By John Colebourn The Province
Chris Kirby has big plans for his little girl when he gets a new heart.
Like any young dad, Kirby, 34, wants to one day play in the park with his two-year-old daughter Morgan. He would also like to go jogging with his wife, Tanya, the way they did just a few years ago. But first he has to wait. And he has no idea how long it will take to get his life-saving heart transplant.
"It is very frustrating," Kirby said Wednesday from the Port Moody home he is confined to while his wife goes to work and his daughter to a babysitter because he is too ill to care for her.
"I'm not one to sit back and watch things," said Kirby, who was healthy enough to run a half-marathon just two years ago.
"It's all very restricting," he explained of the sedentary lifestyle he now leads with a heart that works at about 20-per-cent capacity.
"I can't lift my daughter up and I can't run after her. I don't have the energy to look after her. She's fast," he said of life with Morgan while waiting for a heart donor.
"It's a matter of life and death for me waiting like this," said Kirby who can't walk more than a block without getting light-headed.
"Heart disease can happen to anyone," he added. "Please, we just need more people out there to be donors. It could be your daughter or son or a newborn with this disease."
Kirby waits knowing that fewer organs in B.C. are available for people in desperate need. Better surgical procedures, people being more careful on the roads and using seat-belts and taking better precautions such as wearing a helmet when riding a bike are some of the reasons those in need of an organ often have long waits.
Despite 85 per cent of B.C.ers saying they support organ donations, only 17 per cent are registered, B.C. Transplant spokesman Ken Donohue said. Donohue pointed out that one organ donor could potentially save numerous lives by providing two kidneys, a heart, two lungs, a liver and a pancreas. Less than one per cent of all deaths result in potential organ donations. "I think part of it is we lead busy lives and don't think about organ donations because it doesn't impact us," he said. "It just isn't on their radar."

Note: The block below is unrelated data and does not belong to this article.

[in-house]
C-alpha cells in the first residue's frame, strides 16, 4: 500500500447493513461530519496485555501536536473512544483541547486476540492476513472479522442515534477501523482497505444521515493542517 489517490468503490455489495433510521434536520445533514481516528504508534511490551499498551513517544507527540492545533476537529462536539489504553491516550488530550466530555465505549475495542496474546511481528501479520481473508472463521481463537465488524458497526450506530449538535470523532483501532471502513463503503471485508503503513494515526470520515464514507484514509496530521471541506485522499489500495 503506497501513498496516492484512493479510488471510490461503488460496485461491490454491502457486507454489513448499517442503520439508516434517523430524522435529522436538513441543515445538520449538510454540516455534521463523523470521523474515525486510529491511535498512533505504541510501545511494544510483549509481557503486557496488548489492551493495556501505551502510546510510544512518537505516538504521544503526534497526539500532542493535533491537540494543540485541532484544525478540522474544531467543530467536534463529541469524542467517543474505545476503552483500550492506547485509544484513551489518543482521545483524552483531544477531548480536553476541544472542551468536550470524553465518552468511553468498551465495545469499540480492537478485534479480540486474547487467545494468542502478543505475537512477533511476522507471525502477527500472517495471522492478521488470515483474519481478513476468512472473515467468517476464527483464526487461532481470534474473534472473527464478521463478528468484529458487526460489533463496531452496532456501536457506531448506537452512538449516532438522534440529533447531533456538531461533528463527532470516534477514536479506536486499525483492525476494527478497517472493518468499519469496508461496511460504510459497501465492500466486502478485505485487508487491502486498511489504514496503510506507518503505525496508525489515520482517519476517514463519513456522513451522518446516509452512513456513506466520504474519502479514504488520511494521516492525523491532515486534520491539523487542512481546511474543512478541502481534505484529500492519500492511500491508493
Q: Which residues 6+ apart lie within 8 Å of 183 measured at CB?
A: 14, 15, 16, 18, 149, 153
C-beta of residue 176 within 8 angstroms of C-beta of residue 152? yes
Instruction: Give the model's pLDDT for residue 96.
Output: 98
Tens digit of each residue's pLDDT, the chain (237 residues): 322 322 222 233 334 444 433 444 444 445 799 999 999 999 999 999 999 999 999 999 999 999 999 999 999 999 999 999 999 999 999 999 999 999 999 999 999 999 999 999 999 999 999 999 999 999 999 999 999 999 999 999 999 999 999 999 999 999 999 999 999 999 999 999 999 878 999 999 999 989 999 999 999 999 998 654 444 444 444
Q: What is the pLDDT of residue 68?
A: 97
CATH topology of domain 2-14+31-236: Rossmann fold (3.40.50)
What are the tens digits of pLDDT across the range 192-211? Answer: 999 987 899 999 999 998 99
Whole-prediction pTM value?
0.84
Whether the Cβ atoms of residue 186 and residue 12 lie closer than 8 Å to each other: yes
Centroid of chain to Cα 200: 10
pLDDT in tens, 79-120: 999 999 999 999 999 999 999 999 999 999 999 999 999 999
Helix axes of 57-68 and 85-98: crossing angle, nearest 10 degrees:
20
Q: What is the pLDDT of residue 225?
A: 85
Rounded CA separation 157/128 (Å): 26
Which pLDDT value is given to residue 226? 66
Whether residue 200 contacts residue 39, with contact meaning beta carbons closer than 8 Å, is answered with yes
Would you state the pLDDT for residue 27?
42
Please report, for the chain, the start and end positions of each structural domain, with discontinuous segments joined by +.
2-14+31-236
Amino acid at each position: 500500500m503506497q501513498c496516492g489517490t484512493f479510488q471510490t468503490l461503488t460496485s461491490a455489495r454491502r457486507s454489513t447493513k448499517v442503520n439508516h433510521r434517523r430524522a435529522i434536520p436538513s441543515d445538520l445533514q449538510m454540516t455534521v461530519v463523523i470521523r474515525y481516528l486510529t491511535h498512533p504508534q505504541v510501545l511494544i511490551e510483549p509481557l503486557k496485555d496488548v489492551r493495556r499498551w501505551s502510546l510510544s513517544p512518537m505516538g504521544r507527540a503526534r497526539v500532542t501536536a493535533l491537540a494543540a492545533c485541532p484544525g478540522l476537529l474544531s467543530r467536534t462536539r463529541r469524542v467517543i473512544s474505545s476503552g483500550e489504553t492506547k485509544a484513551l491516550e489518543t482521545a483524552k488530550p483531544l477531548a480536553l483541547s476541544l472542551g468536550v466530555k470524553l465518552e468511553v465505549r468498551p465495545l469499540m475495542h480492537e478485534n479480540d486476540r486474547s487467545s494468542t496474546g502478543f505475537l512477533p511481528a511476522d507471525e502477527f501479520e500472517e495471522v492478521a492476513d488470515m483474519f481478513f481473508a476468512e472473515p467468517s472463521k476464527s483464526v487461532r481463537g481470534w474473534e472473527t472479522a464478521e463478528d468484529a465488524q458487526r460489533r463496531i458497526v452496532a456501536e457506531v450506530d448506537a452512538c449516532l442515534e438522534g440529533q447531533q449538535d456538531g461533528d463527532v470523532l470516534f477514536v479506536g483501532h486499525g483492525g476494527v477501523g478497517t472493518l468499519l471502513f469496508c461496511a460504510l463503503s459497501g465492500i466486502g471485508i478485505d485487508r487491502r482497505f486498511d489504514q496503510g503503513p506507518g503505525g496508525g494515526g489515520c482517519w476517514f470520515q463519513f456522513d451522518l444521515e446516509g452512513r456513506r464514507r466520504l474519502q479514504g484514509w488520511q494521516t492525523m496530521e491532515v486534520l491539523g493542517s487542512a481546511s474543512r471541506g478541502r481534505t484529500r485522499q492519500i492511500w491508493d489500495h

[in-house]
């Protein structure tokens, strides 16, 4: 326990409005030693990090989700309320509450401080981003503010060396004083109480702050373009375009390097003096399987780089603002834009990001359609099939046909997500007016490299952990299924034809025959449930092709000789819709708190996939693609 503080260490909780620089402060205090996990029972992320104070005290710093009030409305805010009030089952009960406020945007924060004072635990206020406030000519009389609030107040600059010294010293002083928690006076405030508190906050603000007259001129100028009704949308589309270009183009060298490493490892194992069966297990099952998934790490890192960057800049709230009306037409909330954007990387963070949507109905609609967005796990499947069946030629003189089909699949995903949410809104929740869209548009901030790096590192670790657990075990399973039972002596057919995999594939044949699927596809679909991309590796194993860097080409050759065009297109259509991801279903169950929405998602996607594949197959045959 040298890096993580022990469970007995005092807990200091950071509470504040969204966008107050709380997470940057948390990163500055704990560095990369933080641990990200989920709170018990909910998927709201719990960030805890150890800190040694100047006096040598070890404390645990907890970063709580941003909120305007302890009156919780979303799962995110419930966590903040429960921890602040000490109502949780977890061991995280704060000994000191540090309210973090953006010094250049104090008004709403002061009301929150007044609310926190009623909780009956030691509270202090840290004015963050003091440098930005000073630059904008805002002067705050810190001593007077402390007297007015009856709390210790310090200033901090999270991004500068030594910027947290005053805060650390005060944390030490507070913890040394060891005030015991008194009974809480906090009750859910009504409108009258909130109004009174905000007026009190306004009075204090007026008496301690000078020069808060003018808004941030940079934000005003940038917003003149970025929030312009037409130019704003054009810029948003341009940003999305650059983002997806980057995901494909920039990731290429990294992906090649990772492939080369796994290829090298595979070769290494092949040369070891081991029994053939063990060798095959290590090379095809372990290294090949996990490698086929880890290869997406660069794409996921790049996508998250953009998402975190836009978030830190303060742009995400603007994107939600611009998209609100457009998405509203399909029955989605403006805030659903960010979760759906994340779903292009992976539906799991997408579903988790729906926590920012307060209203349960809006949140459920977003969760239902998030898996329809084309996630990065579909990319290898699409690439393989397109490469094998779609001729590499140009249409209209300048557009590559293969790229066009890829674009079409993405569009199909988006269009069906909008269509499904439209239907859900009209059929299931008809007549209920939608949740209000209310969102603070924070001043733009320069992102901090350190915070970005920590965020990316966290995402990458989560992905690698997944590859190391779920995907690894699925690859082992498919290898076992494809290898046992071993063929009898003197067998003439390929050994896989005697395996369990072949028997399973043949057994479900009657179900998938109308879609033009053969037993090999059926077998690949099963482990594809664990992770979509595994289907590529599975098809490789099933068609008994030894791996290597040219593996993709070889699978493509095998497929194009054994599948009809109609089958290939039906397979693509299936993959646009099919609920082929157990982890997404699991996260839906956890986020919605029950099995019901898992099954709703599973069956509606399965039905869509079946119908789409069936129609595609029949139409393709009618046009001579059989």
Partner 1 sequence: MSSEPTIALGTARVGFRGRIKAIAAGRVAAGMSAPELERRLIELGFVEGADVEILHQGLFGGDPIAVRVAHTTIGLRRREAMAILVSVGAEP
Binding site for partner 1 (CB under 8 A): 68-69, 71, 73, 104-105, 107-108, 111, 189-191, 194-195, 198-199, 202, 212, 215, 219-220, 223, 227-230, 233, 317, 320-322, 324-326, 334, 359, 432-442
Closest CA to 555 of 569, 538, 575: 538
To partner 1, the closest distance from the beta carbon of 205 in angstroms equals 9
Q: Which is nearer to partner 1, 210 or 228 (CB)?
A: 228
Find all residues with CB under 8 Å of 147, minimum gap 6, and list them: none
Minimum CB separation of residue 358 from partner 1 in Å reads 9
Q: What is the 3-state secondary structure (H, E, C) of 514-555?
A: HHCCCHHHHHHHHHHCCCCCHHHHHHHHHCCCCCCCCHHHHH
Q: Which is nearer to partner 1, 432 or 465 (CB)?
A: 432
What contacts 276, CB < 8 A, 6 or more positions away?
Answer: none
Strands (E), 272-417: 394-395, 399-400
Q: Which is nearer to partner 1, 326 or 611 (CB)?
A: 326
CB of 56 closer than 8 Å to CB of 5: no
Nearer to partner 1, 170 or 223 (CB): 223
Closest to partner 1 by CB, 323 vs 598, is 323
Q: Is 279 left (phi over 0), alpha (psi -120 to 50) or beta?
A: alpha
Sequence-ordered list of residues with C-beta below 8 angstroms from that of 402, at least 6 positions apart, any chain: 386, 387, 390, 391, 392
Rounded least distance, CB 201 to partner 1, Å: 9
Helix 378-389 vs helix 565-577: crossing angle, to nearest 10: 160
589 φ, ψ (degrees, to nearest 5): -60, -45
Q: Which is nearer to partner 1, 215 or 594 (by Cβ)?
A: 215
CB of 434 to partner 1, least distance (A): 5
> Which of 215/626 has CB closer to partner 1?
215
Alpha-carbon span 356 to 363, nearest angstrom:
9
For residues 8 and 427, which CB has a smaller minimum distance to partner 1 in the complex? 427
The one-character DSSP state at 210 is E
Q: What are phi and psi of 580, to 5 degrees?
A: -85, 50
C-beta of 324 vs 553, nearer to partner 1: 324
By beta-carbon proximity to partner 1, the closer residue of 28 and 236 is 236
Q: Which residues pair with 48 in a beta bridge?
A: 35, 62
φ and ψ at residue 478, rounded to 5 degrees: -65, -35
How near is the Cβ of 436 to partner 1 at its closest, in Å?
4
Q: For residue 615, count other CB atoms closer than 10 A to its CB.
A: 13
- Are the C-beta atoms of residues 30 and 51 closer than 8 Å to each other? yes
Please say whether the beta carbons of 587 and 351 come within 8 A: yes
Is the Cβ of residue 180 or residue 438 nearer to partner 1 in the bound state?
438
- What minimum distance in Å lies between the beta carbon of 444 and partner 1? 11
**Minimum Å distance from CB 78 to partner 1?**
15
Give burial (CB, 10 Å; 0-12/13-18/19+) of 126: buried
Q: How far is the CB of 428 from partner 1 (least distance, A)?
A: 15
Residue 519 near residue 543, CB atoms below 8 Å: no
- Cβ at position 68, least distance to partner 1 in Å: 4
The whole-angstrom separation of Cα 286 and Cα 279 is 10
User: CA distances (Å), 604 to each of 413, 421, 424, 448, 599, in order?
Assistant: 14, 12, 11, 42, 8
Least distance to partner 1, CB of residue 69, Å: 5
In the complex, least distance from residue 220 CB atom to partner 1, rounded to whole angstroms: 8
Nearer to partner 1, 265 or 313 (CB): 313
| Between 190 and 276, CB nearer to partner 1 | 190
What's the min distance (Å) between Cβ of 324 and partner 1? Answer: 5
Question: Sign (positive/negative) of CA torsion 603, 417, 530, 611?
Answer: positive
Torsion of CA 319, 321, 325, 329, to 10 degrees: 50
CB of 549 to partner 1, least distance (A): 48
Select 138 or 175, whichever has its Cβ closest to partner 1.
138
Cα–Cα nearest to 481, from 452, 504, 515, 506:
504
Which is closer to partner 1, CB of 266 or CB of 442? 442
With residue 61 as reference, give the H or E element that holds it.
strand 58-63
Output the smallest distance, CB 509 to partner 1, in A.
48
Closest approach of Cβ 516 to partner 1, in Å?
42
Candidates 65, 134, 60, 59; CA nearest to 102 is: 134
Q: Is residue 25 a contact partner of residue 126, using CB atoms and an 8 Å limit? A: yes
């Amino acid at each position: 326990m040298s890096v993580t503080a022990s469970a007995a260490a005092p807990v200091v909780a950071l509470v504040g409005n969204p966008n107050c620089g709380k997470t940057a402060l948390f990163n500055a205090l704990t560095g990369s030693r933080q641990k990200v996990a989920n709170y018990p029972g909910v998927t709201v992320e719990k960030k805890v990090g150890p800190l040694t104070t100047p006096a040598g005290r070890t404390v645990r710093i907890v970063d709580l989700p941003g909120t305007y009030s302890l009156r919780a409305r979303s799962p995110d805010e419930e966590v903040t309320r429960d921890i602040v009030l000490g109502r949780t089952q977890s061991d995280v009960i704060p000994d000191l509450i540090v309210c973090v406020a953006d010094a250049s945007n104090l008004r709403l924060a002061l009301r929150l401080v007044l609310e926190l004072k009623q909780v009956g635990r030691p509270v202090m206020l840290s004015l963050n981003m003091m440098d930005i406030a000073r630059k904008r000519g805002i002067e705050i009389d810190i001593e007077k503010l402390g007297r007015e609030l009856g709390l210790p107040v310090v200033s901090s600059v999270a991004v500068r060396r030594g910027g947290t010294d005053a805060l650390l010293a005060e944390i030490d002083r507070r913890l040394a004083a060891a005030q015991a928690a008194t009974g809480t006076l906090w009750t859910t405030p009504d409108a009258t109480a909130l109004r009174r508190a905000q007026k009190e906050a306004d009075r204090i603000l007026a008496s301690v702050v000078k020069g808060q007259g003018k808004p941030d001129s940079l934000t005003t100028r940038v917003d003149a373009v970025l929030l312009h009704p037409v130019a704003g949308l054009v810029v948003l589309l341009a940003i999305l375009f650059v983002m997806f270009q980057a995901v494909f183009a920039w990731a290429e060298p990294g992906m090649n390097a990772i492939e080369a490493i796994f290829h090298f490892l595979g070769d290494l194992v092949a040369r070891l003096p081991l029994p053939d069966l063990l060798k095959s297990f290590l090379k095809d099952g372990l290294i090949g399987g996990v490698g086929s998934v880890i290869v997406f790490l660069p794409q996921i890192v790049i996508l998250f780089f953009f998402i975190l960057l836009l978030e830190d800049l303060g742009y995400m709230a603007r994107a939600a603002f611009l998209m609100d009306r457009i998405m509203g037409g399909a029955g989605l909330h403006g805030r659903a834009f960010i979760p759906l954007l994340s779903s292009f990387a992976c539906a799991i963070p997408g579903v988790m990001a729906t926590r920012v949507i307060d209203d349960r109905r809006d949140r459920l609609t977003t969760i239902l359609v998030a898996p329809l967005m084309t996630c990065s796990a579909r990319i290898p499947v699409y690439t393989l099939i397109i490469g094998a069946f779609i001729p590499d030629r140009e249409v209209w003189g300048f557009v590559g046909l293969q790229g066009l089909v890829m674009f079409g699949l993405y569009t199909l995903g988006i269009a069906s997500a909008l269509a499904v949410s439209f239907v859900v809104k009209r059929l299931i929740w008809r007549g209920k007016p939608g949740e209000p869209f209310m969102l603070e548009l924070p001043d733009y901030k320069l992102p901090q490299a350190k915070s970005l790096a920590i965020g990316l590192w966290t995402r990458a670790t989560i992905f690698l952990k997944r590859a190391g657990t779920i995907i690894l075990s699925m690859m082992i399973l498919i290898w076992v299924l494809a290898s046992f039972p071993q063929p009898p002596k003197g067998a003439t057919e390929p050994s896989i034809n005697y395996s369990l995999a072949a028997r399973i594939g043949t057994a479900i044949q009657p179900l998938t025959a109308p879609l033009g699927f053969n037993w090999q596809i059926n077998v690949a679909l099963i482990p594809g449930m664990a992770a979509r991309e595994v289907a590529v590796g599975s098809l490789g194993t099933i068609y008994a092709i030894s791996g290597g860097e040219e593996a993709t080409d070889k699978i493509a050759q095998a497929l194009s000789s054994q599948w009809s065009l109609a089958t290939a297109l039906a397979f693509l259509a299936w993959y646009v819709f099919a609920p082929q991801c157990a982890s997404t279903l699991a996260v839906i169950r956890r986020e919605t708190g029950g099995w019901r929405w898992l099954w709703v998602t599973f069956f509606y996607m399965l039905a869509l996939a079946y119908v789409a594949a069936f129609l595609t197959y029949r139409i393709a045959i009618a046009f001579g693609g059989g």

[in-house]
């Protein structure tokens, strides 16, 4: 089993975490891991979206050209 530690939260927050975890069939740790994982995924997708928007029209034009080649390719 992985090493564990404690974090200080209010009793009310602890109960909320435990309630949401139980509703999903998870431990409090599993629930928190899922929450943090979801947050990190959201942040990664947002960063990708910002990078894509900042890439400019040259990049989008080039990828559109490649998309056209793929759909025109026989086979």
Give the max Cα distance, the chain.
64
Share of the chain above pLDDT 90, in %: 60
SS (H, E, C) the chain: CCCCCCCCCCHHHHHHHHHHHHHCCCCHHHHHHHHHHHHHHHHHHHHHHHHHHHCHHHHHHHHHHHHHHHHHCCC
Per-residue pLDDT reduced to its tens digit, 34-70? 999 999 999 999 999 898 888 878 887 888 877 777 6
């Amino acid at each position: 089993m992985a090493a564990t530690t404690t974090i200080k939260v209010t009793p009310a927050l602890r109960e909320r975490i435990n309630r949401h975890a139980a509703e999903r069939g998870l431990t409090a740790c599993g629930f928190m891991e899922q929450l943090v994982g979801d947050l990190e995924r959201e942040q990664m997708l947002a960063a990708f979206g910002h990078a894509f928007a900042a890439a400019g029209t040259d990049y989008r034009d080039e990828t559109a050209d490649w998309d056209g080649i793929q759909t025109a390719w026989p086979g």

The median wait time for a heart transplant in 2006 was two months, in 2007 three months and in 2008 it was one month. But Donohue said the wait time in 2009 will be much longer.
Kirby has been told it could be a year or more before there is a match.
People can register their decision about organ donations on the Organ Donor Registry at B.C. Transplant.
Despite his limited mobility, Kirby plans to join Vancouver Mayor Gregor Robertson and others in a kick-off event by the City of Vancouver and B.C. Transplant to encourage the public to become organ donors.
TRANSPLANT WAITING LIST
B.C. patients waiting for organs
Single lung 15
Pancreas -- kidney 9
Pancreas islet 9
Double lung 6
source: B.C. Transplant Society
“You Have the Power to Save Lives – Sign Your Donor Card & Tell Your Loved Ones of Your Decision”
Register to be a donor in Ontario or Download Donor Cards from Trillium Gift of Life Network. NEW for Ontario: recycleMe.org - Learn The Ins & Outs Of Organ And Tissue Donation. Register Today! For other Canadian provinces click here
In Great Britain, register at NHS Organ Donor Register
In Australia, register at Australian Organ Donor Register
Your generosity can save up to eight lives with heart, kidneys, liver, lungs, pancreas and small intestine transplants. One tissue donor can help up to 100 other people by donating skin, corneas, bone, tendon, ligaments and heart valves
Has your life been saved by an organ transplant? "Pay it forward" and help spread the word about the need for organ donation - In the U.S. another person is added to the national transplant waiting list every 11 minutes and 18 people die each day waiting for an organ transplant.